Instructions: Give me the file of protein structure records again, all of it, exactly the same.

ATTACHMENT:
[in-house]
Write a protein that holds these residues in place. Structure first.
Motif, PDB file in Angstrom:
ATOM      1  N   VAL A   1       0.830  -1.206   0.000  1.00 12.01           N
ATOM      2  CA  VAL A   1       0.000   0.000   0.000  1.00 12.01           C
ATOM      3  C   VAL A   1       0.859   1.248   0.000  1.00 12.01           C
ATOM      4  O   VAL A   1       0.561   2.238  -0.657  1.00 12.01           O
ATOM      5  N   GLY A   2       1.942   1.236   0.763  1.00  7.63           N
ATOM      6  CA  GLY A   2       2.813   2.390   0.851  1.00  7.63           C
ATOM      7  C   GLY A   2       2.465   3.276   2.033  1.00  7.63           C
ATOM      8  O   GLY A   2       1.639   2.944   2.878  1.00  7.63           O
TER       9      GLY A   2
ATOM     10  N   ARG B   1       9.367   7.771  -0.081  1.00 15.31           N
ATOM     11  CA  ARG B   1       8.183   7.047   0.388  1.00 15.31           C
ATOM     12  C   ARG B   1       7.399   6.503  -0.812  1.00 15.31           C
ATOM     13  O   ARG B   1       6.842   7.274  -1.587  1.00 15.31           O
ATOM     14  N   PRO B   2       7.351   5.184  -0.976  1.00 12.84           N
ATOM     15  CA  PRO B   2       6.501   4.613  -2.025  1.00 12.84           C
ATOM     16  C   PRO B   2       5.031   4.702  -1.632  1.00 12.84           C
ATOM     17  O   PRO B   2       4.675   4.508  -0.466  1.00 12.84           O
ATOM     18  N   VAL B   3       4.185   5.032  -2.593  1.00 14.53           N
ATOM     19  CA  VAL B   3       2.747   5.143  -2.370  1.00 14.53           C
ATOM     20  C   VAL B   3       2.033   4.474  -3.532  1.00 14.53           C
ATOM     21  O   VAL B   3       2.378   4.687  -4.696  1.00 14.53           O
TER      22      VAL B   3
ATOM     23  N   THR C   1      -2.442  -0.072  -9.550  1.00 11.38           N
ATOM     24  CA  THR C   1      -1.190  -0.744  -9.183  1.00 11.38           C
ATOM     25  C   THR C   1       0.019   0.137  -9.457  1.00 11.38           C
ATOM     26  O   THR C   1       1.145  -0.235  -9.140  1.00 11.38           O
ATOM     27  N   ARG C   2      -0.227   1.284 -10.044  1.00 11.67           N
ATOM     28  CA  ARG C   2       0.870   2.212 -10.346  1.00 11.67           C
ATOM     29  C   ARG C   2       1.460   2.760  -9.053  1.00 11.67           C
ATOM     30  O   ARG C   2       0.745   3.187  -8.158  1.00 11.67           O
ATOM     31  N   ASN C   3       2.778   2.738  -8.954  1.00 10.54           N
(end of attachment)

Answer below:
[in-house]
Write a protein that holds these residues in place. Structure first.
Motif, PDB file in Angstrom:
ATOM      1  N   VAL A   1       0.830  -1.206   0.000  1.00 12.01           N
ATOM      2  CA  VAL A   1       0.000   0.000   0.000  1.00 12.01           C
ATOM      3  C   VAL A   1       0.859   1.248   0.000  1.00 12.01           C
ATOM      4  O   VAL A   1       0.561   2.238  -0.657  1.00 12.01           O
ATOM      5  N   GLY A   2       1.942   1.236   0.763  1.00  7.63           N
ATOM      6  CA  GLY A   2       2.813   2.390   0.851  1.00  7.63           C
ATOM      7  C   GLY A   2       2.465   3.276   2.033  1.00  7.63           C
ATOM      8  O   GLY A   2       1.639   2.944   2.878  1.00  7.63           O
TER       9      GLY A   2
ATOM     10  N   ARG B   1       9.367   7.771  -0.081  1.00 15.31           N
ATOM     11  CA  ARG B   1       8.183   7.047   0.388  1.00 15.31           C
ATOM     12  C   ARG B   1       7.399   6.503  -0.812  1.00 15.31           C
ATOM     13  O   ARG B   1       6.842   7.274  -1.587  1.00 15.31           O
ATOM     14  N   PRO B   2       7.351   5.184  -0.976  1.00 12.84           N
ATOM     15  CA  PRO B   2       6.501   4.613  -2.025  1.00 12.84           C
ATOM     16  C   PRO B   2       5.031   4.702  -1.632  1.00 12.84           C
ATOM     17  O   PRO B   2       4.675   4.508  -0.466  1.00 12.84           O
ATOM     18  N   VAL B   3       4.185   5.032  -2.593  1.00 14.53           N
ATOM     19  CA  VAL B   3       2.747   5.143  -2.370  1.00 14.53           C
ATOM     20  C   VAL B   3       2.033   4.474  -3.532  1.00 14.53           C
ATOM     21  O   VAL B   3       2.378   4.687  -4.696  1.00 14.53           O
TER      22      VAL B   3
ATOM     23  N   THR C   1      -2.442  -0.072  -9.550  1.00 11.38           N
ATOM     24  CA  THR C   1      -1.190  -0.744  -9.183  1.00 11.38           C
ATOM     25  C   THR C   1       0.019   0.137  -9.457  1.00 11.38           C
ATOM     26  O   THR C   1       1.145  -0.235  -9.140  1.00 11.38           O
ATOM     27  N   ARG C   2      -0.227   1.284 -10.044  1.00 11.67           N
ATOM     28  CA  ARG C   2       0.870   2.212 -10.346  1.00 11.67           C
ATOM     29  C   ARG C   2       1.460   2.760  -9.053  1.00 11.67           C
ATOM     30  O   ARG C   2       0.745   3.187  -8.158  1.00 11.67           O
ATOM     31  N   ASN C   3       2.778   2.738  -8.954  1.00 10.54           N